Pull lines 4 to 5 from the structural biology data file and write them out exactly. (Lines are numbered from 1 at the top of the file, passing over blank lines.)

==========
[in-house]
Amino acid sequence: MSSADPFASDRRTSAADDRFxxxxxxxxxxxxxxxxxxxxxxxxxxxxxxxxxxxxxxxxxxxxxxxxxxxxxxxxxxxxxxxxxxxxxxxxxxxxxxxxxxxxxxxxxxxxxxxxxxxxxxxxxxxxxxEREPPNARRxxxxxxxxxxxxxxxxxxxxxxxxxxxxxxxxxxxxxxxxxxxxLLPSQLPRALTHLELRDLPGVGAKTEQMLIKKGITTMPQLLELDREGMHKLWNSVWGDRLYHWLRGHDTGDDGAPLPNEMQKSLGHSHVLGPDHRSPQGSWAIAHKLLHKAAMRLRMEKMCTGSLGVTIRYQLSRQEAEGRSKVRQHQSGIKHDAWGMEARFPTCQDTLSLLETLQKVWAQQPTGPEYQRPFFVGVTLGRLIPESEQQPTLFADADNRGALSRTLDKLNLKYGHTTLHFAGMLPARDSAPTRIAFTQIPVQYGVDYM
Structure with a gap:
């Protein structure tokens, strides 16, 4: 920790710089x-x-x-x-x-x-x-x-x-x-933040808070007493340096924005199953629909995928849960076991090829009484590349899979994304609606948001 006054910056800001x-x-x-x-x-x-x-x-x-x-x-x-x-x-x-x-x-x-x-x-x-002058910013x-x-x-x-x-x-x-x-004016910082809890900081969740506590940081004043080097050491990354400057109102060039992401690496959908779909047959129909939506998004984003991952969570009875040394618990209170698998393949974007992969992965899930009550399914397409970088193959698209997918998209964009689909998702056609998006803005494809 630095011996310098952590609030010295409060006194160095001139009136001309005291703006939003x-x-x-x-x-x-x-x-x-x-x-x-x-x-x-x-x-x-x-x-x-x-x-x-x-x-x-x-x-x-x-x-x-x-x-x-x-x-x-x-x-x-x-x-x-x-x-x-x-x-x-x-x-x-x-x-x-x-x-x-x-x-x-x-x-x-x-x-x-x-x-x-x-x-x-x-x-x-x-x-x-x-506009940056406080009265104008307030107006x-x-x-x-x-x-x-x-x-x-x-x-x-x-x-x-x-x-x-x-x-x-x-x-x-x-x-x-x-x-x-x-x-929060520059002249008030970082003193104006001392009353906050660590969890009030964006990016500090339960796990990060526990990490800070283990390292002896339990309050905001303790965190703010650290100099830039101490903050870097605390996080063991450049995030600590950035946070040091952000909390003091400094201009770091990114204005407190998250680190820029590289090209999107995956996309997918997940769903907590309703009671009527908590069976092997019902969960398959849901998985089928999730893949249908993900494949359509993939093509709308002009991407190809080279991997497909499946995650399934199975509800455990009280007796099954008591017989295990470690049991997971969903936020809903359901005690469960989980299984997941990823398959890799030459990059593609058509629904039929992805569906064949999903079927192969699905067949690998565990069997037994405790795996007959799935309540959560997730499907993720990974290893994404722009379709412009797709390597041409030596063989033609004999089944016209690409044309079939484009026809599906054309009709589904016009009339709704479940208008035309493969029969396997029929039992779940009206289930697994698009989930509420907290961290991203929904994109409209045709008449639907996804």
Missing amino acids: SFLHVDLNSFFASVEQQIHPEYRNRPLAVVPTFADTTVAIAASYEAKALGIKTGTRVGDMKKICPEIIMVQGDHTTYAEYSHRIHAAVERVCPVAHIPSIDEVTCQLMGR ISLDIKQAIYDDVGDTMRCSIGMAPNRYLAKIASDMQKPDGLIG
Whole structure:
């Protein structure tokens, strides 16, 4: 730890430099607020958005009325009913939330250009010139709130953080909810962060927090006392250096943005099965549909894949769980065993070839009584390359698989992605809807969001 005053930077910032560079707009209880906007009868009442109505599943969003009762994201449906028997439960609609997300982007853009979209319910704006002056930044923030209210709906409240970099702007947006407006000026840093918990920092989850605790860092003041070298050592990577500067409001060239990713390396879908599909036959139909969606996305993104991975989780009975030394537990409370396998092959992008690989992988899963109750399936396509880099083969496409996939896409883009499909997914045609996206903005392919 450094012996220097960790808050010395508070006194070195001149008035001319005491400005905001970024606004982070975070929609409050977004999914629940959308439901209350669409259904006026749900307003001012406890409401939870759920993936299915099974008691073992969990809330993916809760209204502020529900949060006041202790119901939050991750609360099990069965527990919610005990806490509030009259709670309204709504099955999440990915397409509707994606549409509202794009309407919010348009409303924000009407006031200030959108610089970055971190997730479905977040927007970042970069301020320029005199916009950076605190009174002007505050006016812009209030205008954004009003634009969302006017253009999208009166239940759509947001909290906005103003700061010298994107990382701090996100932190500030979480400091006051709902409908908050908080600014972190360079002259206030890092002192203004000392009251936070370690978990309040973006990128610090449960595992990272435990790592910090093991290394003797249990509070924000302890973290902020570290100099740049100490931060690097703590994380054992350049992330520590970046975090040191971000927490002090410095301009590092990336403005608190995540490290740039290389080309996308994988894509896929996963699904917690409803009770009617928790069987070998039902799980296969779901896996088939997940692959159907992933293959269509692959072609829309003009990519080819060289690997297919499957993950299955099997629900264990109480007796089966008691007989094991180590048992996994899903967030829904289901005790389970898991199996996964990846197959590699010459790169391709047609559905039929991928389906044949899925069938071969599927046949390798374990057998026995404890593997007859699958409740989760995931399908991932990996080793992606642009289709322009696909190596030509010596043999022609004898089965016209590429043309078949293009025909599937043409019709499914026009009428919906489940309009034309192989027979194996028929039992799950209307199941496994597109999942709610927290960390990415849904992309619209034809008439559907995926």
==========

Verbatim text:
């Protein structure tokens, strides 16, 4: 920790710089x-x-x-x-x-x-x-x-x-x-933040808070007493340096924005199953629909995928849960076991090829009484590349899979994304609606948001 006054910056800001x-x-x-x-x-x-x-x-x-x-x-x-x-x-x-x-x-x-x-x-x-002058910013x-x-x-x-x-x-x-x-004016910082809890900081969740506590940081004043080097050491990354400057109102060039992401690496959908779909047959129909939506998004984003991952969570009875040394618990209170698998393949974007992969992965899930009550399914397409970088193959698209997918998209964009689909998702056609998006803005494809 630095011996310098952590609030010295409060006194160095001139009136001309005291703006939003x-x-x-x-x-x-x-x-x-x-x-x-x-x-x-x-x-x-x-x-x-x-x-x-x-x-x-x-x-x-x-x-x-x-x-x-x-x-x-x-x-x-x-x-x-x-x-x-x-x-x-x-x-x-x-x-x-x-x-x-x-x-x-x-x-x-x-x-x-x-x-x-x-x-x-x-x-x-x-x-x-x-506009940056406080009265104008307030107006x-x-x-x-x-x-x-x-x-x-x-x-x-x-x-x-x-x-x-x-x-x-x-x-x-x-x-x-x-x-x-x-x-929060520059002249008030970082003193104006001392009353906050660590969890009030964006990016500090339960796990990060526990990490800070283990390292002896339990309050905001303790965190703010650290100099830039101490903050870097605390996080063991450049995030600590950035946070040091952000909390003091400094201009770091990114204005407190998250680190820029590289090209999107995956996309997918997940769903907590309703009671009527908590069976092997019902969960398959849901998985089928999730893949249908993900494949359509993939093509709308002009991407190809080279991997497909499946995650399934199975509800455990009280007796099954008591017989295990470690049991997971969903936020809903359901005690469960989980299984997941990823398959890799030459990059593609058509629904039929992805569906064949999903079927192969699905067949690998565990069997037994405790795996007959799935309540959560997730499907993720990974290893994404722009379709412009797709390597041409030596063989033609004999089944016209690409044309079939484009026809599906054309009709589904016009009339709704479940208008035309493969029969396997029929039992779940009206289930697994698009989930509420907290961290991203929904994109409209045709008449639907996804």
Missing amino acids: SFLHVDLNSFFASVEQQIHPEYRNRPLAVVPTFADTTVAIAASYEAKALGIKTGTRVGDMKKICPEIIMVQGDHTTYAEYSHRIHAAVERVCPVAHIPSIDEVTCQLMGR ISLDIKQAIYDDVGDTMRCSIGMAPNRYLAKIASDMQKPDGLIG